Anytime I do a foundation workshop I mention the tremendous importance I put on a  good recall. Not only is it lifesaving, everything grows from it. Focus for work, focus for you, the ability to control your dog at a distance and even handling gets a head start with a great recall. A dog that responds to your cues with a knee-jerk quickness, even when in full stride, will make a better agility dog.

This weekend at the end of Skills Camp my instructors joined me and my dogs on our walk around the field.  Everyone worked on something recall related. Jane worked on loose leash walking in the face of extreme excitement. Penny and Tracy worked on recalls while Lynda and I worked on control at a  distance.  All the while the dogs where just enjoying a walk around the field. All of this gets mixed together as you are always training. Regardless if you “feel like it” or not, you are training your dog to do something. Most behaviours erode during the other 23 hours of the day when you are not “formally” training. Dogs are always learning, you can’t turn that off.

Penny had trained a great recall when her dog Teagan was a puppy. However ignoring the reinforcement the dog earned from her environment allowed another response to be trained over the next couple of years. Lately Teagan has been checking out her options rather than coming right away. Her preference is to herd my dogs rather than to come to Penny each time she asks. You think this will effect her responding to body cues on an agility course? You betchya! You will also see how we test recalls with Tracy’s 6 month old puppy “Matrix.”  As the song suggests “we got two lives, one we’re given the other one we make.” Nothing of value comes easy and everything we’ve got, we’ve got the hard way, by constantly being aware of what reinforces the dog throughout his life. Training never stops, the dog is always learning something weather you want him to or not!  Once you have a great recall, you need to continue to grow it, as I demonstrate in the video. Rather than constantly calling my dogs back to me, I ask for other responses when they are at a distance.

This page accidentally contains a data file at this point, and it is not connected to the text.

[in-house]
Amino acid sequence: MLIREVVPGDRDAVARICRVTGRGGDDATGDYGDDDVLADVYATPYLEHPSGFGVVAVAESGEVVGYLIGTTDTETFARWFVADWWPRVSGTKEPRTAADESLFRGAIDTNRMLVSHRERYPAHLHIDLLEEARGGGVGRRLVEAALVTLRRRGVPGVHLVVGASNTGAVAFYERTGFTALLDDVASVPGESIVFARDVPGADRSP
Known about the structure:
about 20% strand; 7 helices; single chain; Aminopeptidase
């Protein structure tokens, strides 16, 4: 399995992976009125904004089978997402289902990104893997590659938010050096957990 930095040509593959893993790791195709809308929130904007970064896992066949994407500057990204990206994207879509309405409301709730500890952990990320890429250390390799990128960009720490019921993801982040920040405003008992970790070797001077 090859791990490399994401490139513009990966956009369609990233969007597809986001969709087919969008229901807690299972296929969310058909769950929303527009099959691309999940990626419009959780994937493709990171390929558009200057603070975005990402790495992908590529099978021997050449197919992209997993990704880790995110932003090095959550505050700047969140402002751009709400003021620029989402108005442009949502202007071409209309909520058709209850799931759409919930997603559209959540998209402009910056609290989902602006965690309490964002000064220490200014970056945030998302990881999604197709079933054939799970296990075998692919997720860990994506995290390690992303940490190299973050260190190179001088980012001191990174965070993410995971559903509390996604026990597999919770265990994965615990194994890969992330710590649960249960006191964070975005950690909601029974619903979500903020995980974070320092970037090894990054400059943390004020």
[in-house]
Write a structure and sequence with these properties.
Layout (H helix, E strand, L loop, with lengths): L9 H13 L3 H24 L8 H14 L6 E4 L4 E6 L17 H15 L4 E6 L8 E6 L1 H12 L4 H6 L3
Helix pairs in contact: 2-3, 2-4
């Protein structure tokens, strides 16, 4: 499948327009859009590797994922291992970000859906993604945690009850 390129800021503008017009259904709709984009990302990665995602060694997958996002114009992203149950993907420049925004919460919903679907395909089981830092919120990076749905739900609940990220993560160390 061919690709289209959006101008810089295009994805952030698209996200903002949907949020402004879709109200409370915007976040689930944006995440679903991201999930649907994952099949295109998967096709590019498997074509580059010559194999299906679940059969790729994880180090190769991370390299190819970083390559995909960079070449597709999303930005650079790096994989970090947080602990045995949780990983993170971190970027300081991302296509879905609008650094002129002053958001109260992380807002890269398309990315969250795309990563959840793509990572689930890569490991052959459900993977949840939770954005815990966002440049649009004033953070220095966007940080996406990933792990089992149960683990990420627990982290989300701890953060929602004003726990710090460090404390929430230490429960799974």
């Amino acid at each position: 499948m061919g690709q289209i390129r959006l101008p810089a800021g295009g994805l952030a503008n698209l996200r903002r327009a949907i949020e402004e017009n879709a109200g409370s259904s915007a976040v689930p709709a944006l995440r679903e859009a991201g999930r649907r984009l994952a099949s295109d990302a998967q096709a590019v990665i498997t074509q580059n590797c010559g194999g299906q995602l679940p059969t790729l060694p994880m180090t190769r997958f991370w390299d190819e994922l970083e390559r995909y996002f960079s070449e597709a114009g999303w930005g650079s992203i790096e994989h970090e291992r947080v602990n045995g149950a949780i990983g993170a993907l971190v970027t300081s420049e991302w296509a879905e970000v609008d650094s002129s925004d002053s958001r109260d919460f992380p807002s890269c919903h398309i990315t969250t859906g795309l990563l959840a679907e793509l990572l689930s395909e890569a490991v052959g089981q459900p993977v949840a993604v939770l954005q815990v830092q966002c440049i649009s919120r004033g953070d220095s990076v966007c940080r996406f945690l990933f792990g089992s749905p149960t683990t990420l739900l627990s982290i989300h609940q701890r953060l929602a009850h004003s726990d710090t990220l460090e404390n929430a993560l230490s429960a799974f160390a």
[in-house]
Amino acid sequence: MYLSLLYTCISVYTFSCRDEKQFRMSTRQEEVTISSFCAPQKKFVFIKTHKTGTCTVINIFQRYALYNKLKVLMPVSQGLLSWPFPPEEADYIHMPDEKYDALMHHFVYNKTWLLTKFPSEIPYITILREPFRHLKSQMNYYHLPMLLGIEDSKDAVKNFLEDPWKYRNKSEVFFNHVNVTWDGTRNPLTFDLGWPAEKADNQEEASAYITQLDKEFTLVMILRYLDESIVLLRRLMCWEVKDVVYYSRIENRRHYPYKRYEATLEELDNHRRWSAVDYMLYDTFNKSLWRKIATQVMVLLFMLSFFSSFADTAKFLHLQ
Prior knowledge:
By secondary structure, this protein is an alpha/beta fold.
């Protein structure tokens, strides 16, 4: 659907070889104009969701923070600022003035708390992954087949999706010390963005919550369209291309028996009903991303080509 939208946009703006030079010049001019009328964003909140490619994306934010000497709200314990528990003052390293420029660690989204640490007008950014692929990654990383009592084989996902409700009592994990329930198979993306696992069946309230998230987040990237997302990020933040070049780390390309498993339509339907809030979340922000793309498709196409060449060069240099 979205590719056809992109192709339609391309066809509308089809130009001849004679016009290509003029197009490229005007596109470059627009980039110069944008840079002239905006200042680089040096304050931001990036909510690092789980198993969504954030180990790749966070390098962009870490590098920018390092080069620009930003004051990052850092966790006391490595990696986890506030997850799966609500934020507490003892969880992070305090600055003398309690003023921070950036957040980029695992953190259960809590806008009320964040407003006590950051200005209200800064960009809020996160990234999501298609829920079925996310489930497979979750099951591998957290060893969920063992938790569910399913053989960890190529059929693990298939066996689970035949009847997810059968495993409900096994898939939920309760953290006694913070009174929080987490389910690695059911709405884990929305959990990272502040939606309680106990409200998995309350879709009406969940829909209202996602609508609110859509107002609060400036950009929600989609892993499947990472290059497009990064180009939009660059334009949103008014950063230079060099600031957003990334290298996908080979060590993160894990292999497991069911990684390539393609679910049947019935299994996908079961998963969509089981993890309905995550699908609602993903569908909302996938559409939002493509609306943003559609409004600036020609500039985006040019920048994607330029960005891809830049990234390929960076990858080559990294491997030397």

For a great plan to improve your recall, check out the article on my website Deposits into Your Recall Account . The key is to not allow your dog off leash until you have the verbal control that is demonstrated here.  If you can’t control the dog’s access to reinforcement, the only thing you have left to try is harsh punishment. As the old saying goes “violence begins where knowledge ends”.  That just is not an option for me. My relationship with my dogs trumps everything and the truth is, not only will you not get the joy to follow up on cues that these dogs demonstrate, training with physical punishment will never give you the control that I have when the threat of your punishment is gone (such as when the dog is too far away or when the e-collar is not on).

Reinforcement is the only thing that can build behaviour. So until the time you have trained the squirrels and the cats to listen to you, your dog should not have access to chase them (as they give reinforcement to your dog as he chases them).You need to be able to control the distractions the same way in which we controlled the other dogs when the puppy was not listening. Tracy would not have had her 6 month old puppy off leash in a leash free park where inappropriate choices could have been made. The great great recall history Matrix does have will continue to grow as she learns there is no reinforcement to be earned when you don’t listen to da mama every time she asks you to do something. You don’t want to give your dog the freedom to learn he can ignore cues from you.   Once your dog knows he must always respond to you, there is no distraction that will deter him from doing what you ask.


Please don’t say “oh my recall would be so great too if I had access to private walking areas like that.”  There are excuses, and there are obstacles.  I have not always lived here, and yet every dog I have ever owned has had the same brilliant self control just like my current dogs (yes even when I lived in an apartment).  You may be tired of reading this, but a great recall starts with Crate Games, the beginning of all self control for my dogs.

I never tire of being grateful for the awesome place John and I call home. We are all so happy living here.